Sure, you want your company to succeed and grow as quickly as possible. After all, you’ve got territory to take over and giants to kill.
But before you start dreaming of taking their place, “take a step back and think about the advantages you have,” advise Karl Stark and Bill Stewart, Managing Directors and co-founders of strategic advisory firm Avondale. “You may discover that your much larger corporate neighbor actually wants to become more like you.”
In a guest post for Inc. Stark and Stewart offer four advantages smaller companies have over their large corporate counterparts, including nimbleness, lower cost structures, and a propensity to throw caution to the wind and take a leap (or at least a well-analyzed and planned leap). The giants may have the biggest castles, but the moat works both ways, and there’s a good deal of freedom for startups to enjoy on the outside. For more on the advantages small companies have over large corporations, read the full article here.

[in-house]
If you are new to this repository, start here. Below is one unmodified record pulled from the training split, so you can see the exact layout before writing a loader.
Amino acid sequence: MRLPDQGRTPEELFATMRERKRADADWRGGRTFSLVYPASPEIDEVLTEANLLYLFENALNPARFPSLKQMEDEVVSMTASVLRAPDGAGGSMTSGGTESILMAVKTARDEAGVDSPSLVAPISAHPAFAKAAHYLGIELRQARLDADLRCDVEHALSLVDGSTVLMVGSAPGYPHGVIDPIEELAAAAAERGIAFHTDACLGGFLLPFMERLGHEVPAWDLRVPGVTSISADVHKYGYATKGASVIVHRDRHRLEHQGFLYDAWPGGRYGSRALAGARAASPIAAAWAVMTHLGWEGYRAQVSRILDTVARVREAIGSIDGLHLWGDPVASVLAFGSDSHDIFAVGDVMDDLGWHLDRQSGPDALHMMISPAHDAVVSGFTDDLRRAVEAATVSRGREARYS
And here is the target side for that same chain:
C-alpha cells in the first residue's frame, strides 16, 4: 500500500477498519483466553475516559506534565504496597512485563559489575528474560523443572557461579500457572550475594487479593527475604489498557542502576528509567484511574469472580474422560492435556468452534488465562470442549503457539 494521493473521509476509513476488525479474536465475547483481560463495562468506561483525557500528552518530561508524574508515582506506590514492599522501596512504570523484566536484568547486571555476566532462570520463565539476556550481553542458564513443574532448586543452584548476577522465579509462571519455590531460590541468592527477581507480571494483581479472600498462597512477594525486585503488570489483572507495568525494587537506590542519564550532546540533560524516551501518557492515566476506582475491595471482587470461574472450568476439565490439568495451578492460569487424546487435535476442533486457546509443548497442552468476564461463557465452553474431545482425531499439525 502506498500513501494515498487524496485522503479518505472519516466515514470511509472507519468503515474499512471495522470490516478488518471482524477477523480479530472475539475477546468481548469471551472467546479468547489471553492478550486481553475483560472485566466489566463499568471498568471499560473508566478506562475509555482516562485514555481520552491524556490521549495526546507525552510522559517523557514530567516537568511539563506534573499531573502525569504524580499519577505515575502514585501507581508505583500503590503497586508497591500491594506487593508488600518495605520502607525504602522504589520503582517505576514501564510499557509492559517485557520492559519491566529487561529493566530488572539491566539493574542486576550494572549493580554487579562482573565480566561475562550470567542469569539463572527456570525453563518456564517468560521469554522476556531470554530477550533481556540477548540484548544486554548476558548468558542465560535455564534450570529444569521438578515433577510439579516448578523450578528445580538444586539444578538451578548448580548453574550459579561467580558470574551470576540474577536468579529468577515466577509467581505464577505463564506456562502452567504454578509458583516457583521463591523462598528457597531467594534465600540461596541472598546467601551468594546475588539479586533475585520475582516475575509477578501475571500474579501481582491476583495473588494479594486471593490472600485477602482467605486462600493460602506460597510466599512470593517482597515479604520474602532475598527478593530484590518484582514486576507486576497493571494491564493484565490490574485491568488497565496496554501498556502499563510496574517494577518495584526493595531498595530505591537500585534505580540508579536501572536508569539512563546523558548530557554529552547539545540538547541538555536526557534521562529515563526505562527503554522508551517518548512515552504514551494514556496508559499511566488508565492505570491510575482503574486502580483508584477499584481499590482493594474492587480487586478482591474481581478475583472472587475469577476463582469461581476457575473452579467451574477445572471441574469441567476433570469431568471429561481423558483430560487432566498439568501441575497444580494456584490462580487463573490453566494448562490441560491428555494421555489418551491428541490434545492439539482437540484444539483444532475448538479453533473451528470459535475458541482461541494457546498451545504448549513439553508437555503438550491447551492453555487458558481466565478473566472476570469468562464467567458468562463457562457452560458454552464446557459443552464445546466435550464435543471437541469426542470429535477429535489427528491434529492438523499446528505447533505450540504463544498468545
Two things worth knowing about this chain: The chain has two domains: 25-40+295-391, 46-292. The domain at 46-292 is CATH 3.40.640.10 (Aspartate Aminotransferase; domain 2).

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Not only do small companies have advantages over their larger counterparts, they can also be better to work for. Read this post to find out five reasons why a great small company is a better employee than a great big company. Small businesses may have some unique advantages, but they also have to face different challenges. Read this OpenView Blog post to learn more about the 10 common mistakes startups and small companies should avoid.